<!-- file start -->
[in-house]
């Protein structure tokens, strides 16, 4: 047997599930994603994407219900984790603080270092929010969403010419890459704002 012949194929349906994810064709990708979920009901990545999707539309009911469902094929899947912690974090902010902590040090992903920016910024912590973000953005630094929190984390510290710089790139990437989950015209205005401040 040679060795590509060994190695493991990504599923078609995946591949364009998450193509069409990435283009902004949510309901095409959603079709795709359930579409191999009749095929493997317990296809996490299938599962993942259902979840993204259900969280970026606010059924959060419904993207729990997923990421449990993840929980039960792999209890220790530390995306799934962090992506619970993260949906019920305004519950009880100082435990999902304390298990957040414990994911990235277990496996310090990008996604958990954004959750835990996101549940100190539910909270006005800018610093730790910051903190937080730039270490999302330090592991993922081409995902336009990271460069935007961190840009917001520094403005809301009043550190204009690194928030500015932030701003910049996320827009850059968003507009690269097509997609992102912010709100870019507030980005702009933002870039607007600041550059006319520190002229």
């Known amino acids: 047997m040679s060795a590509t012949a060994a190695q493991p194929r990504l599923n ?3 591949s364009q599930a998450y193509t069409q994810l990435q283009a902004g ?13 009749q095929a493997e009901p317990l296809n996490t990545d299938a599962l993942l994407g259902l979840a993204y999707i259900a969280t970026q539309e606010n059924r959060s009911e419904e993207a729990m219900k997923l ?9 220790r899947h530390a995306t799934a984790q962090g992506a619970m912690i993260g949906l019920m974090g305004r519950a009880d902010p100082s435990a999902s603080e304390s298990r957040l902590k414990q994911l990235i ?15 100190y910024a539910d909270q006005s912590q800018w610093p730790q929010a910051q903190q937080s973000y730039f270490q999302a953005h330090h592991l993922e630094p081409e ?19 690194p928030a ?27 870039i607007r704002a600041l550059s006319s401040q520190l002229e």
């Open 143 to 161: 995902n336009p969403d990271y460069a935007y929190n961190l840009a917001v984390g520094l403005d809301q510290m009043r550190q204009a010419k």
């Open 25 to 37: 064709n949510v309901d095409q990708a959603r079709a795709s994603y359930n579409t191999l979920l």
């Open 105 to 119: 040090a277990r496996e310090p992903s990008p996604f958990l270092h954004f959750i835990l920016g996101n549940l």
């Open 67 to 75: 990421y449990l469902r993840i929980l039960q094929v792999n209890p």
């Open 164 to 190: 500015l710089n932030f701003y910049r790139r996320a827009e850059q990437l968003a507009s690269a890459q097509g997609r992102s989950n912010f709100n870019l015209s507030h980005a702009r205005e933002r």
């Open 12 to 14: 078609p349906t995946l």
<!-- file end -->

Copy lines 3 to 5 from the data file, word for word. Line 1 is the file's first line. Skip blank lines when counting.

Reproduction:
């Known amino acids: 047997m040679s060795a590509t012949a060994a190695q493991p194929r990504l599923n ?3 591949s364009q599930a998450y193509t069409q994810l990435q283009a902004g ?13 009749q095929a493997e009901p317990l296809n996490t990545d299938a599962l993942l994407g259902l979840a993204y999707i259900a969280t970026q539309e606010n059924r959060s009911e419904e993207a729990m219900k997923l ?9 220790r899947h530390a995306t799934a984790q962090g992506a619970m912690i993260g949906l019920m974090g305004r519950a009880d902010p100082s435990a999902s603080e304390s298990r957040l902590k414990q994911l990235i ?15 100190y910024a539910d909270q006005s912590q800018w610093p730790q929010a910051q903190q937080s973000y730039f270490q999302a953005h330090h592991l993922e630094p081409e ?19 690194p928030a ?27 870039i607007r704002a600041l550059s006319s401040q520190l002229e």
């Open 143 to 161: 995902n336009p969403d990271y460069a935007y929190n961190l840009a917001v984390g520094l403005d809301q510290m009043r550190q204009a010419k």
């Open 25 to 37: 064709n949510v309901d095409q990708a959603r079709a795709s994603y359930n579409t191999l979920l």